The buzz on Aussie bees. In­spi­ra­tional wa­ter lilies. What to do with gum tree bark.

The Weekend Australian - Life - - FOOD & WINE - HE­LEN YOUNG

Did you know that Aus­tralia has more than 1800 species of na­tive bees? They range from 2mm long up to 24mm, some furry, some shiny, and some with beau­ti­ful metal­lic green or blue mark­ings. Many species are soli­tary, some ground dwelling, while oth­ers live in com­plex so­cial groups. Not all make honey and some have no sting.

Euro­pean hon­ey­bees were brought to Aus­tralia in the 1820s, but be­fore them na­tive bees pol­li­nated our na­tive flora, some of them spe­cialised to par­tic­u­lar plant species. They are still sig­nif­i­cant con­trib­u­tors to crop pol­li­na­tion, but loss of habi­tat, in­dis­crim­i­nate use of pes­ti­cides and the in­tro­duced hive bee­tle all threaten their sur­vival.

Ku-ring-gai Coun­cil, in Sydney’s bush­land-stud­ded north, is rais­ing aware­ness of na­tive bees. Un­der its WildThings pro­gram, the coun­cil has placed 450 hives of the na­tive stin­g­less bee Te­tragonula car­bonaria.

“They are no work at all”, says pro­gram co-or­di­na­tor Peter Clarke. “Be­ing stin­g­less, you can have them on a bal­cony or just out­side your win­dow. Watch­ing them fly in and out, see­ing them ar­rive with lit­tle bas­kets full of pollen on their legs, is hyp­notic, like watch­ing an aquar­ium.”

Af­ter van­dals at­tacked the first hives placed in bush­land, the pro­gram now places hives with res­i­dents. “It’s a much bet­ter way to go,” Clarke says. “Peo­ple con­nect strongly with the bees; they be­come thor­oughly ed­u­cated about them and they love to share the story. That promotes wide­spread in­ter­est in bees of all types, and en­cour­ages peo­ple to limit their pes­ti­cide use.”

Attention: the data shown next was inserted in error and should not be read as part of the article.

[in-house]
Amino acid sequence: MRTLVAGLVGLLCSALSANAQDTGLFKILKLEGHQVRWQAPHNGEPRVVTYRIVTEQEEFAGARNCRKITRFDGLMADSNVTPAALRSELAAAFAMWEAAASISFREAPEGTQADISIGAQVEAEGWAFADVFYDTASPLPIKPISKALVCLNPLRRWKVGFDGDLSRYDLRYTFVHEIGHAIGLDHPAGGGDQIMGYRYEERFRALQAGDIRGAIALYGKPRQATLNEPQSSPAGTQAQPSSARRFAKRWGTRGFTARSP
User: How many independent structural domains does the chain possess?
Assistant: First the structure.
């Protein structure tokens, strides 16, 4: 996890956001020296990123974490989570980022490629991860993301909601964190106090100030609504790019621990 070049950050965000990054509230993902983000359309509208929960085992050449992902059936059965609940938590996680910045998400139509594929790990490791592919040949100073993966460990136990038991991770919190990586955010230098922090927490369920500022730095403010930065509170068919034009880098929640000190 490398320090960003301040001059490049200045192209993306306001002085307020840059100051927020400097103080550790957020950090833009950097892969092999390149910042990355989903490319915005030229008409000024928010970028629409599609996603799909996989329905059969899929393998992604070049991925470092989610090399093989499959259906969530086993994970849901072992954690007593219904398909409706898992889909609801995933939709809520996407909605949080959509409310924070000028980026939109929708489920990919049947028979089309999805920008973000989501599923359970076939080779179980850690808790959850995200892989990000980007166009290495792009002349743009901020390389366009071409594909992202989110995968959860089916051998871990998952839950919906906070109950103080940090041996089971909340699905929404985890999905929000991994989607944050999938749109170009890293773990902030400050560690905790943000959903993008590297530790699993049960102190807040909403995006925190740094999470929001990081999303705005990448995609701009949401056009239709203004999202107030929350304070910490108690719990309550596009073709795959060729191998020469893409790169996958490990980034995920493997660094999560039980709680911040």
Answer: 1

Te­tragonula bees pro­duce honey in clus­ters of small wax and resin pots, al­though it can’t be col­lected in the same way as reg­u­lar honey, and the quan­tity is much smaller. A hive con­tains 6000-10,000 bees, for­ag­ing up

to half a kilo­me­tre from the nest. In the wild they nest in tree trunks in coastal ar­eas from far north Queens­land south to Bega on the NSW south coast.

Be­ing a trop­i­cal and sub­trop­i­cal bee, te­tragonula likes warm weather. “They’re a poor man’s ther­mome­ter,” Clarke says, laugh­ing. “They hate rain and tem­per­a­tures less than 18C, when they just stay in the hive, but they like any­thing up to 40C.” Above 44C the hives can die from heat stress.

Te­tragonula bees for­age on a wide range of flow­ers, both na­tive and ex­otic. Their pref­er­ence is for open flow­ers with lots of sta­mens, such as na­tive eu­ca­lypts, bot­tle­brush, melaleu­cas and tur­pen­tines. They also love sin­gle-bloom camel­lias, crepe myr­tles, salvias and, sur­pris­ingly, palm tree flow­ers. While te­tragonula are suited to ur­ban hives, other na­tive bee species are seen in our gar­dens. The pretty blue-banded bees ( Amegilla species) get no­ticed be­cause they’re rel­a­tively large (15mm), noisy and have a dis­tinc­tive dart-and-hover flight ac­tion be­tween flow­ers. Leaf-cut­ter bees saw neat cir­cu­lar holes in rose leaves for their nests.

Visit bees­busi­ and for in­trigu­ing pho­to­graphs, ad­vice for en­cour­ag­ing na­tive bees into your gar­den, videos, and in­struc­tions on build­ing nests. Aussiebee also pro­vides de­tails of sell­ers across Aus­tralia.

Ku-ring-gai Coun­cil has 450 hives of the na­tive stin­g­less bee Te­tragonula car­bonaria

A na­tive Te­tragonula car­bonaria bee, far left, its legs loaded with pollen bas­kets; the te­tragonula hive’s left, is a hor­i­zon­tal, spi­ral brood comb of cells in a hexag­o­nal pat­tern, sur­rounded by in­su­lat­ing ma­te­rial to con­trol the hive tem­per­a­ture

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